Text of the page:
Mobile developers change people's lives every single day — they create innovative experiences, reshape how we spend our time, and give us continual access to Facebook and Twitter (the latter being especially important to the author!). The pace at which these new experiences are delivered continues to amaze, yet continues to speed up. As a recovering enterprise mobile developer myself, I'm always tracking the new tools and technologies that developers are using to maintain this pace and provide new innovation. With that in mind, we've published a report on the mobile development predictions for 2015; the changes that will allow developers to continue to produce amazing innovation at a continually faster rate. We've highlighted 8 in the report, but the ones that are especially exciting to me are:
- Composition, Composition, Composition! Building base app functionality dominated the early days of enterprise mobility, but the bar for successful innovation on mobile devices has moved skyward while time-to-delivery windows are approaching zero. This combination is forcing mobile development shops away from a mentality of creating everything in-house. Instead, regardless if the experience is a mobile web site or a mobile app, successful teams will assemble pre-existing front-end components, or will create them where they don’t already exist. Fortunately we're seeing incredible new opportunities in both mobile apps and the mobile web. Android has had Intents for quite some time, but with Apple's iOS8 we now get app extensions to share experiences outside of the app container. The mobile web is getting it's own composition help from HTML5 with web components, highlighted by Google Polymer.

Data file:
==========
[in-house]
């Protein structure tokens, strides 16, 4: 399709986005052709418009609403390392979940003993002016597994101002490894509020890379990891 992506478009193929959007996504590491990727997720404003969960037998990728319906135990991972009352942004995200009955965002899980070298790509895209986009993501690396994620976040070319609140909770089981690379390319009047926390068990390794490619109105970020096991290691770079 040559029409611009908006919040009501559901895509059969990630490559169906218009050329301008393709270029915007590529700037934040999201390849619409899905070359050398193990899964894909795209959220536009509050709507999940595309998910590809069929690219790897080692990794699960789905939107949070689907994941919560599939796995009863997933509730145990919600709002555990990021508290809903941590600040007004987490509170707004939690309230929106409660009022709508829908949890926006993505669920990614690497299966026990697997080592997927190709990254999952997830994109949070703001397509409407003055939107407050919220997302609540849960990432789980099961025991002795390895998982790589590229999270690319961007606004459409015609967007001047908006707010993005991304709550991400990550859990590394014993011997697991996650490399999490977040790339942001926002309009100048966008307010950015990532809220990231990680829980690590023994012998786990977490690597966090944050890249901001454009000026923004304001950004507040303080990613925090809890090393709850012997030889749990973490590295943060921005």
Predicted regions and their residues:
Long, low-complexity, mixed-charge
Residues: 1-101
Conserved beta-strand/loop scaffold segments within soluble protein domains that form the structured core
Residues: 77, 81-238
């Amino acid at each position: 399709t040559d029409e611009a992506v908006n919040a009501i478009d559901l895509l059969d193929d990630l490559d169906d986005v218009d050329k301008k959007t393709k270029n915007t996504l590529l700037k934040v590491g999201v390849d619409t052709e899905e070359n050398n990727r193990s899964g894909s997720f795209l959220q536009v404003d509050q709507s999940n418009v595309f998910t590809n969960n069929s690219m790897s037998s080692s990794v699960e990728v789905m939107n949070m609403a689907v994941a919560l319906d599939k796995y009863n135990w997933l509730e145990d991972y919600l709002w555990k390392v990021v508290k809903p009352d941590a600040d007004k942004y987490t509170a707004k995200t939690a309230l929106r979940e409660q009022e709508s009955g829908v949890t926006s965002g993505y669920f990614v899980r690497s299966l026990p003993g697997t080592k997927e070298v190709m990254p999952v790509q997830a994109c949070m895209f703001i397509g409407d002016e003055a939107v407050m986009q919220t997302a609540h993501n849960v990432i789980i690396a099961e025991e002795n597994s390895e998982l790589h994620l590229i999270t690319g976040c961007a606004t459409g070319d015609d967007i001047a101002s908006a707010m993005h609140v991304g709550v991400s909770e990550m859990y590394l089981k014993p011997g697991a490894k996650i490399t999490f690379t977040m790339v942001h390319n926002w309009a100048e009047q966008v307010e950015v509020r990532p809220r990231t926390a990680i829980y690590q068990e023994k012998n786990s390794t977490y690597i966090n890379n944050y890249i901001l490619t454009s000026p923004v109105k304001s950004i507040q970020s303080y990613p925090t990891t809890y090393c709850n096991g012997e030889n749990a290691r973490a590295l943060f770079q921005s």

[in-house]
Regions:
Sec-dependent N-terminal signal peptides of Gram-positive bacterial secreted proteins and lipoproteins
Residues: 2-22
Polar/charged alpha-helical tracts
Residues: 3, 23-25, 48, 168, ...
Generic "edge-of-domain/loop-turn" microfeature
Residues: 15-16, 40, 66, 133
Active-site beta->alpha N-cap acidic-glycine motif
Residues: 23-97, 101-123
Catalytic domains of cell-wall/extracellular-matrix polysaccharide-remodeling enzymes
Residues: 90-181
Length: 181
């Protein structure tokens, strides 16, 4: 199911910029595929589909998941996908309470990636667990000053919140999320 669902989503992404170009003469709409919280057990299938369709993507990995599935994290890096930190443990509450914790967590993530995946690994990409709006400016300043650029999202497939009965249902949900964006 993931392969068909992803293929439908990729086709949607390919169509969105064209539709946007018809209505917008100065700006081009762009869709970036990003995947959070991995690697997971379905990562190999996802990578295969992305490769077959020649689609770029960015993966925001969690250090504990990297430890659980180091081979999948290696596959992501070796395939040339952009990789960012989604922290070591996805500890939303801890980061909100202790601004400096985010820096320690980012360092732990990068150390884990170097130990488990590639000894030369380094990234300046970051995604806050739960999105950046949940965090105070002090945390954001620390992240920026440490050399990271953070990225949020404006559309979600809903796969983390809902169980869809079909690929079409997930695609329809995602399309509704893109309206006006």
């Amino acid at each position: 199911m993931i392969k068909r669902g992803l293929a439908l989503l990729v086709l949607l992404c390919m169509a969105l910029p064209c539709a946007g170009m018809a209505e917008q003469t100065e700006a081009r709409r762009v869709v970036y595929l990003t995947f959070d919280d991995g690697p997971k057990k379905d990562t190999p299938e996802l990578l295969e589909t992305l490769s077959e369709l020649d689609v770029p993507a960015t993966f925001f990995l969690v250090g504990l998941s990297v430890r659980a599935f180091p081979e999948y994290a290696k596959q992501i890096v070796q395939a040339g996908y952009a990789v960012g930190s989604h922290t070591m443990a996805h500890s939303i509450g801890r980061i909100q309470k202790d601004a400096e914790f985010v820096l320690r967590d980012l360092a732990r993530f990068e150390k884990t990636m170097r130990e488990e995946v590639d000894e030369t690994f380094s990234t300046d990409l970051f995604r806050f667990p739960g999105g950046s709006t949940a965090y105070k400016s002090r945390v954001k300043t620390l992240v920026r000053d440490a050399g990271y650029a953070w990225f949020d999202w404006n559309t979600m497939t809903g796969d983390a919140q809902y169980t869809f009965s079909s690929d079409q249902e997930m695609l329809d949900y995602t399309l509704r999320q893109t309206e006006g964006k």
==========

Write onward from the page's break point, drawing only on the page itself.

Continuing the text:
- Mobile competition will shift to accessories and ecosystems. In 2014 Apple and Google set the stage for massive ecosystem competition in 2015. That competition will span cars (Android Auto vs. Apple CarPlay), wearables (Android Wear vs. Apple Watch), television (Android TV vs. Apple TV), and the home (Apple HomeKit vs. Nest). We predict that while products within an ecosystem will “just work” together, that won’t be that case across ecosystems. As a result, developers should anticipate that customers will increasingly choose one ecosystem or another. Other device ecosystems like those organized by Microsoft and Amazon may emerge as well, but will struggle to gain traction in 2015.
While I don't do mobile development all day every day, I'm still very excited for what's to come in 2015. Forrester clients can take a look at the full list of mobile development predictions and also the full list of prediction reports we have in store for you this month. Have we overlooked anything that you're excited about? Give us your thoughts in the comments section below or tweet me at @ASocialFace — can't wait to see the amazing things that are to come!